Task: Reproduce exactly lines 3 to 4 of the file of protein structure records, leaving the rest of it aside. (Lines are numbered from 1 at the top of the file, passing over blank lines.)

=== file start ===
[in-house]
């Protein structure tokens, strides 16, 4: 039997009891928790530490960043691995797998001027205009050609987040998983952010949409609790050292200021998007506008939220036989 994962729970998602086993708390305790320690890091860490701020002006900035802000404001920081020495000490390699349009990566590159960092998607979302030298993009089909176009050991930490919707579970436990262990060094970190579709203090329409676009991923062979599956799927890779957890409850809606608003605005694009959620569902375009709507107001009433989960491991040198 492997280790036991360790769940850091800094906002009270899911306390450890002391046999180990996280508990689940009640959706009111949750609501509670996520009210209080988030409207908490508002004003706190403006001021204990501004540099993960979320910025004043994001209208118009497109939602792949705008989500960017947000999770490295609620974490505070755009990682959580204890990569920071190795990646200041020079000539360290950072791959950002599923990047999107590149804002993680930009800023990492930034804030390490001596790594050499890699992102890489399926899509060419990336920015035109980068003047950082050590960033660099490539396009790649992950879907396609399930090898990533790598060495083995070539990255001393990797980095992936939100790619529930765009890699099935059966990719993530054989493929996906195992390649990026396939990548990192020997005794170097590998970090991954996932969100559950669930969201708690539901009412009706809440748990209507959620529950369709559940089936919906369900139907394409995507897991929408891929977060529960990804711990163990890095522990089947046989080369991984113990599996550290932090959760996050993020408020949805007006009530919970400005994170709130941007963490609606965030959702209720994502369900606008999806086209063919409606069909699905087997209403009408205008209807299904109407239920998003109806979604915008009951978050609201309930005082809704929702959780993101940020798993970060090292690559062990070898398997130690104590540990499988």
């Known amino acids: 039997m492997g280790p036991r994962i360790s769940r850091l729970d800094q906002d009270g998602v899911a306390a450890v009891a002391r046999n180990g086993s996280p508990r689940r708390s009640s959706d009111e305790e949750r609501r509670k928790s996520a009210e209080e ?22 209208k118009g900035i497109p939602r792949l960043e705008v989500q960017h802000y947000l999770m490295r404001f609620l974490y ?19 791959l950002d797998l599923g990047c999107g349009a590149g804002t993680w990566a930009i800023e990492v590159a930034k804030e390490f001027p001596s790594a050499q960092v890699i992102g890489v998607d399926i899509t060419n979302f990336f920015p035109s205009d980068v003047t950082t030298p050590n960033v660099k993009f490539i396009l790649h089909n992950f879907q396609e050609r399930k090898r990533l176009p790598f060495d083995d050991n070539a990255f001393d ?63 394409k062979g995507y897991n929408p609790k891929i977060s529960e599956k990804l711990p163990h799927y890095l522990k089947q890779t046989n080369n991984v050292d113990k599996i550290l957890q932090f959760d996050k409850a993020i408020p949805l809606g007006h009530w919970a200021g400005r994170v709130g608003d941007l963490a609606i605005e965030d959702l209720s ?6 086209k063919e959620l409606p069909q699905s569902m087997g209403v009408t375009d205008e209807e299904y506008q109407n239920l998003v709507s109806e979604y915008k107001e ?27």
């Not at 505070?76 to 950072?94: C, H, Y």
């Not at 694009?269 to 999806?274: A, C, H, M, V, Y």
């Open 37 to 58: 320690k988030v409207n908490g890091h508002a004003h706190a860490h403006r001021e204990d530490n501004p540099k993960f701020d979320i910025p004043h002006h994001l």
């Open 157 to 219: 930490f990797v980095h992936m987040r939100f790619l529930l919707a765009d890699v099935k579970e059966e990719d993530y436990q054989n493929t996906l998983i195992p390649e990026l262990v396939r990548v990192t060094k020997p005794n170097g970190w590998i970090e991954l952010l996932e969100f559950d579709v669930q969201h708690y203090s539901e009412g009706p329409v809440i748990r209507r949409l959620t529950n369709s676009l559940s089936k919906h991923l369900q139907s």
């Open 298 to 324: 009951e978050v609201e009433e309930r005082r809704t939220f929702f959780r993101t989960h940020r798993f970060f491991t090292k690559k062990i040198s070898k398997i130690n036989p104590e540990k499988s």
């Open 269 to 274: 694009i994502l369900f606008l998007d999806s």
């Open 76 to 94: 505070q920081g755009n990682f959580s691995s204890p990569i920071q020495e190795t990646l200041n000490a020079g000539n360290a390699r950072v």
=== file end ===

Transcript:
């Known amino acids: 039997m492997g280790p036991r994962i360790s769940r850091l729970d800094q906002d009270g998602v899911a306390a450890v009891a002391r046999n180990g086993s996280p508990r689940r708390s009640s959706d009111e305790e949750r609501r509670k928790s996520a009210e209080e ?22 209208k118009g900035i497109p939602r792949l960043e705008v989500q960017h802000y947000l999770m490295r404001f609620l974490y ?19 791959l950002d797998l599923g990047c999107g349009a590149g804002t993680w990566a930009i800023e990492v590159a930034k804030e390490f001027p001596s790594a050499q960092v890699i992102g890489v998607d399926i899509t060419n979302f990336f920015p035109s205009d980068v003047t950082t030298p050590n960033v660099k993009f490539i396009l790649h089909n992950f879907q396609e050609r399930k090898r990533l176009p790598f060495d083995d050991n070539a990255f001393d ?63 394409k062979g995507y897991n929408p609790k891929i977060s529960e599956k990804l711990p163990h799927y890095l522990k089947q890779t046989n080369n991984v050292d113990k599996i550290l957890q932090f959760d996050k409850a993020i408020p949805l809606g007006h009530w919970a200021g400005r994170v709130g608003d941007l963490a609606i605005e965030d959702l209720s ?6 086209k063919e959620l409606p069909q699905s569902m087997g209403v009408t375009d205008e209807e299904y506008q109407n239920l998003v709507s109806e979604y915008k107001e ?27």
């Not at 505070?76 to 950072?94: C, H, Y």